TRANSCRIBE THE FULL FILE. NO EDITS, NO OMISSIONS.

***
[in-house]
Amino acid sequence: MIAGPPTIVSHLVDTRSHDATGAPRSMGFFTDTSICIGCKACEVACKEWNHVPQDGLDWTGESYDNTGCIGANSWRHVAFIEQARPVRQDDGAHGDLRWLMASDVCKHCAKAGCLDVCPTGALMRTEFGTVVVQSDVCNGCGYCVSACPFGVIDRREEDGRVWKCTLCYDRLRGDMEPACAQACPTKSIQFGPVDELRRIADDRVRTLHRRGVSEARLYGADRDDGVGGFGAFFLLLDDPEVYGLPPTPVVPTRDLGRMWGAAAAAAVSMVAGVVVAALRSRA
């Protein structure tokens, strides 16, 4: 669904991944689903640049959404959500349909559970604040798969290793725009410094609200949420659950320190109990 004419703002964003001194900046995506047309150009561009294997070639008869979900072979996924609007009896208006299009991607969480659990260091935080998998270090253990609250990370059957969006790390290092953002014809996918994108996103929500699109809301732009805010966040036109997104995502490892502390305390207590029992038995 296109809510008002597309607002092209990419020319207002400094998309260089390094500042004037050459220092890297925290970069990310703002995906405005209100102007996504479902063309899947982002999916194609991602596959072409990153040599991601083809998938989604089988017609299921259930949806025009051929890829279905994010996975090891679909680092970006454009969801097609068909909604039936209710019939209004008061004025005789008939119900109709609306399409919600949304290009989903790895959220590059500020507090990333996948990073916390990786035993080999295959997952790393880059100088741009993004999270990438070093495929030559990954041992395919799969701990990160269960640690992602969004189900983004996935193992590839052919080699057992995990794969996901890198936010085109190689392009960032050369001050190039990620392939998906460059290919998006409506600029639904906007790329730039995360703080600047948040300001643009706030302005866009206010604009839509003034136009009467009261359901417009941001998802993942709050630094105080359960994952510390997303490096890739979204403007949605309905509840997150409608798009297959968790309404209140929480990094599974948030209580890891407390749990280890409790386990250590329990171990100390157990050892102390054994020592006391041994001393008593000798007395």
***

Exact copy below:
[in-house]
Amino acid sequence: MIAGPPTIVSHLVDTRSHDATGAPRSMGFFTDTSICIGCKACEVACKEWNHVPQDGLDWTGESYDNTGCIGANSWRHVAFIEQARPVRQDDGAHGDLRWLMASDVCKHCAKAGCLDVCPTGALMRTEFGTVVVQSDVCNGCGYCVSACPFGVIDRREEDGRVWKCTLCYDRLRGDMEPACAQACPTKSIQFGPVDELRRIADDRVRTLHRRGVSEARLYGADRDDGVGGFGAFFLLLDDPEVYGLPPTPVVPTRDLGRMWGAAAAAAVSMVAGVVVAALRSRA
């Protein structure tokens, strides 16, 4: 669904991944689903640049959404959500349909559970604040798969290793725009410094609200949420659950320190109990 004419703002964003001194900046995506047309150009561009294997070639008869979900072979996924609007009896208006299009991607969480659990260091935080998998270090253990609250990370059957969006790390290092953002014809996918994108996103929500699109809301732009805010966040036109997104995502490892502390305390207590029992038995 296109809510008002597309607002092209990419020319207002400094998309260089390094500042004037050459220092890297925290970069990310703002995906405005209100102007996504479902063309899947982002999916194609991602596959072409990153040599991601083809998938989604089988017609299921259930949806025009051929890829279905994010996975090891679909680092970006454009969801097609068909909604039936209710019939209004008061004025005789008939119900109709609306399409919600949304290009989903790895959220590059500020507090990333996948990073916390990786035993080999295959997952790393880059100088741009993004999270990438070093495929030559990954041992395919799969701990990160269960640690992602969004189900983004996935193992590839052919080699057992995990794969996901890198936010085109190689392009960032050369001050190039990620392939998906460059290919998006409506600029639904906007790329730039995360703080600047948040300001643009706030302005866009206010604009839509003034136009009467009261359901417009941001998802993942709050630094105080359960994952510390997303490096890739979204403007949605309905509840997150409608798009297959968790309404209140929480990094599974948030209580890891407390749990280890409790386990250590329990171990100390157990050892102390054994020592006391041994001393008593000798007395």